Expanding distribution: Kraft tests Gevalia as retail coffee brand

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Kraft Foods is testing the concept of making its formerly mail-order-only premium coffee, Gevalia Kaffe, into a retail brand. The food company has rolled the brand into five Bed Bath & Beyond stores in different markets and is expected to expand the test further.

Coffee, which accounts for 3% of Kraft's U.S. revenue (excluding Gevalia), is a tough category. In addition to the normal competition in the marketplace, specifically from Procter & Gamble Co.'s Folgers and Millstone brands as well as numerous regional players, it has the added challenge of volatile commodity costs. Right now, for example, coffee prices are at an all-time low. In such an atmosphere, said Prudential Securities analyst John McMillin, differentiating products becomes crucial, especially those value-added products (like Gevalia) that offer opportunity for higher margins.

Kraft's initiative with Gevalia makes sense, according to Credit Suisse First Boston analyst Dave Nelson, because "Kraft has built up some cachet for the Gevalia brand and it has legs." Kraft last year spent $10.8 million in media on Gevalia, from FCBi, New York. A spokesman for the Specialty Coffee Association of America noted that the specialty retail market is "an untapped distribution opportunity" for a national gourmet coffee brand, as only regional players have tested the waters, mostly in local stores.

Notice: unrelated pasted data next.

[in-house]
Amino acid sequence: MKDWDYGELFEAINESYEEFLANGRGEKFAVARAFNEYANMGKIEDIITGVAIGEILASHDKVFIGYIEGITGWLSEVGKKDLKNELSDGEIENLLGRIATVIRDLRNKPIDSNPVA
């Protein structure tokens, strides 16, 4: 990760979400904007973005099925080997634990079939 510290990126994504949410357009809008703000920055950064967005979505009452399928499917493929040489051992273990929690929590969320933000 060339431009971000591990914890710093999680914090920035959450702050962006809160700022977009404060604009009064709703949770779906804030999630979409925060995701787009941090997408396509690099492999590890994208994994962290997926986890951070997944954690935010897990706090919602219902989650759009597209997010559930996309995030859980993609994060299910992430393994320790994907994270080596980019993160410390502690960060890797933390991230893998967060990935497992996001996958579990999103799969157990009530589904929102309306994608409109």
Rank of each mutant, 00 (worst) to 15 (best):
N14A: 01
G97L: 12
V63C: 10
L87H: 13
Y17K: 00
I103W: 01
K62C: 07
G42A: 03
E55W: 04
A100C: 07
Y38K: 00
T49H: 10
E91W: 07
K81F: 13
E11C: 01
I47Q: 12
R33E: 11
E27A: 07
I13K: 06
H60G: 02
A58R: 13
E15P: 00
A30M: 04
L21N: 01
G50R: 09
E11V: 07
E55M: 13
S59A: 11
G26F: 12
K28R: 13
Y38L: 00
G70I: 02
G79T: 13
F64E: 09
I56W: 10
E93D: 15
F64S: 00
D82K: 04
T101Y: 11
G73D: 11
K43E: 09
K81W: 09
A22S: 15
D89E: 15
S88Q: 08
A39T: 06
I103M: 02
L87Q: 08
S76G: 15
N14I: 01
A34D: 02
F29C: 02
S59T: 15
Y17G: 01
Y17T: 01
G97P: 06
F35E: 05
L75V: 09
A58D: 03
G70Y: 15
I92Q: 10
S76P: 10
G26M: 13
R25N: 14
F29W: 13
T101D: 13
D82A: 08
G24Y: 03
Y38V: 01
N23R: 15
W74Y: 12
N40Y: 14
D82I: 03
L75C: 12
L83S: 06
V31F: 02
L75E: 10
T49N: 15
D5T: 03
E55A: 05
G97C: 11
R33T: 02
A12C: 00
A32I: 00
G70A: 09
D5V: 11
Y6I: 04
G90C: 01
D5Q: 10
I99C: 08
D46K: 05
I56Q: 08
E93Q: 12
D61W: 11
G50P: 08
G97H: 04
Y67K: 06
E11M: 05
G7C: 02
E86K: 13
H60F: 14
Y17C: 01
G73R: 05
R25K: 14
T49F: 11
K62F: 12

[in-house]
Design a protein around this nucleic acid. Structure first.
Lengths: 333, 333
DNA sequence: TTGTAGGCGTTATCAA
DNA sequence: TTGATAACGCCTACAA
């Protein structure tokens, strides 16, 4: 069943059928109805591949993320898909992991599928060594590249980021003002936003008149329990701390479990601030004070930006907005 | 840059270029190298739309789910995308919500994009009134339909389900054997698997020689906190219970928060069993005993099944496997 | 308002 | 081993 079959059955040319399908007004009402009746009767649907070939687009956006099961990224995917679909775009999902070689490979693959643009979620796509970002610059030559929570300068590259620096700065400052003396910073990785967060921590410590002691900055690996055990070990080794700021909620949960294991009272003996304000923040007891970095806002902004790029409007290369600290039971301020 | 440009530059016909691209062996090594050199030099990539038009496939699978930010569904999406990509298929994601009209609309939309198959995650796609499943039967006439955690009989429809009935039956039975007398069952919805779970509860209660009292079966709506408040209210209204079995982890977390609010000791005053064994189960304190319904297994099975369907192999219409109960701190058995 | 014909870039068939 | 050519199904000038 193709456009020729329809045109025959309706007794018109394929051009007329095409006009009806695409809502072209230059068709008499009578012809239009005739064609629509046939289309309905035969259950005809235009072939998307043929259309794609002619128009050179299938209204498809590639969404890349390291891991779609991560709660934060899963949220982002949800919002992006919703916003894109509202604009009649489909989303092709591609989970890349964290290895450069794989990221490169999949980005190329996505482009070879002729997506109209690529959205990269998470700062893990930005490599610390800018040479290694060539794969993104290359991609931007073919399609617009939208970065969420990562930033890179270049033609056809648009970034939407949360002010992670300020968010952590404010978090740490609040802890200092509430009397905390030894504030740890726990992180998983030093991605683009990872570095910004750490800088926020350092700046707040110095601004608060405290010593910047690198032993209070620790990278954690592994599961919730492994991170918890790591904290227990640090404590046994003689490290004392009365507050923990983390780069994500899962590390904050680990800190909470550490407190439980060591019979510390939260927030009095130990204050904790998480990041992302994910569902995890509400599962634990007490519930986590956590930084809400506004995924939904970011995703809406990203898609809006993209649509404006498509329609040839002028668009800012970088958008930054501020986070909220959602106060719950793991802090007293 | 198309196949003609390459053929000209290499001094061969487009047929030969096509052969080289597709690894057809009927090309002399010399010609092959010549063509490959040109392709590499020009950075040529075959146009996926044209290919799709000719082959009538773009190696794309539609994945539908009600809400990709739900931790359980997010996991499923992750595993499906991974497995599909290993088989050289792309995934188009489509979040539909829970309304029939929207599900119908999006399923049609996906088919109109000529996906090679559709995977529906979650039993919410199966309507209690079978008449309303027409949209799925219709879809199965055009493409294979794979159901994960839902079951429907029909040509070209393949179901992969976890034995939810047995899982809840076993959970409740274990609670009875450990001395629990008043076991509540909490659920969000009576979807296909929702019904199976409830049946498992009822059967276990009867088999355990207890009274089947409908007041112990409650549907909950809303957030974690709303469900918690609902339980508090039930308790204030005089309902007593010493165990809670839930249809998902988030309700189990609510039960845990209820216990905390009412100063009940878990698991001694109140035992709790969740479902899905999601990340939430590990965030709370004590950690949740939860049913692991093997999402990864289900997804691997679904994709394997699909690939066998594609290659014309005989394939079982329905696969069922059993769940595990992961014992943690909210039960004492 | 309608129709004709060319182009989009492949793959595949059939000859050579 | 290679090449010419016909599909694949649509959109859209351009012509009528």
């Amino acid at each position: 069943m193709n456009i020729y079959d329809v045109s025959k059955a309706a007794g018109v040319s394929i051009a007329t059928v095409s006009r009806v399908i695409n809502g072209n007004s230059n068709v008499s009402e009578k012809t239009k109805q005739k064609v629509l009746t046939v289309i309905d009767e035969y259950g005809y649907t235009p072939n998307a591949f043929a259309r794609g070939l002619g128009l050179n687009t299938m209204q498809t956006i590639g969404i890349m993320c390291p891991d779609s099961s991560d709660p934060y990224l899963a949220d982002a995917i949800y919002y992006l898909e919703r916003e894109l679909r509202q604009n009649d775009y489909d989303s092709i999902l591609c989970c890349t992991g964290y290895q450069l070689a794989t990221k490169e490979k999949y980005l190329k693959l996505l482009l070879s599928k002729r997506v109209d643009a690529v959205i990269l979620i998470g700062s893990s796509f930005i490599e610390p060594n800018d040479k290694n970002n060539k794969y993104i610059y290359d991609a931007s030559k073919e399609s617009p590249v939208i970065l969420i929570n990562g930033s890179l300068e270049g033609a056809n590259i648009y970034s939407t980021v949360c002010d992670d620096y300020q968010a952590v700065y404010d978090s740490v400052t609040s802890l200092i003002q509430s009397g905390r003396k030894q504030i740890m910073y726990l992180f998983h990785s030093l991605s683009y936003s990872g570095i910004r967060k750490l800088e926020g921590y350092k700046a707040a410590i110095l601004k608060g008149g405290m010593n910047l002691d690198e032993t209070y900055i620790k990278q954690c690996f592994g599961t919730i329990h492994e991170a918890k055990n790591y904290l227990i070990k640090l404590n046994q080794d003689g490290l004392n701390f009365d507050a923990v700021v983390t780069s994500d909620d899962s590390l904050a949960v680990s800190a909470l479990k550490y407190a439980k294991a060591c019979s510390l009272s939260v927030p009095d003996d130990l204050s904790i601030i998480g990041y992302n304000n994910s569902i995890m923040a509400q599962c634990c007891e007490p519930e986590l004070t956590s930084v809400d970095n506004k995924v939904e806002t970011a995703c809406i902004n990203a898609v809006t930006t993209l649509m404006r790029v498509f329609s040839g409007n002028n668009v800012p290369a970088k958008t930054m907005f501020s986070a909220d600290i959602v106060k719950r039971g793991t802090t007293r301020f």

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"We built [the Gevalia] business and will continue to drive it through direct mail, but we are testing improving the accessibility of Gevalia in additional outlets where consumers are seeing other gourmet coffees show up," said Mark Pettie, general manager of Kraft Foods North America's Coffee division.

The Gevalia extension follows other efforts Kraft has made in recent years to augment its coffee portfolio and capture the double-digit growth of super-premium coffees, including licensing the Starbucks brand in grocery as well as expanding the rollout of its Maxwell House Premium Cup line. But the challenge remains that the vast majority of its sales are still in the slow-growing canned coffee business.

"The mainstream roast and ground coffee segment, which is easily two-thirds of our business, has been relatively flat for the last couple of years," Mr. Pettie said. As a result, the company is actually pleased with recent 52-week data it gathered that shows its overall coffee volume up nearly 1% even though actual dollar sales-due to underlying commodity costs, Mr. Pettie said-were down 7.2%. Mr. Pettie attributes the slight upswing in volume (and a slight dollar share gain over P&G) in part to the introduction last year of a convenient E-Z Open lid for Maxwell House cans that it will extend to larger sizes this year. Additional innovation to address the quality of its canned coffee is planned for later this year, he said.

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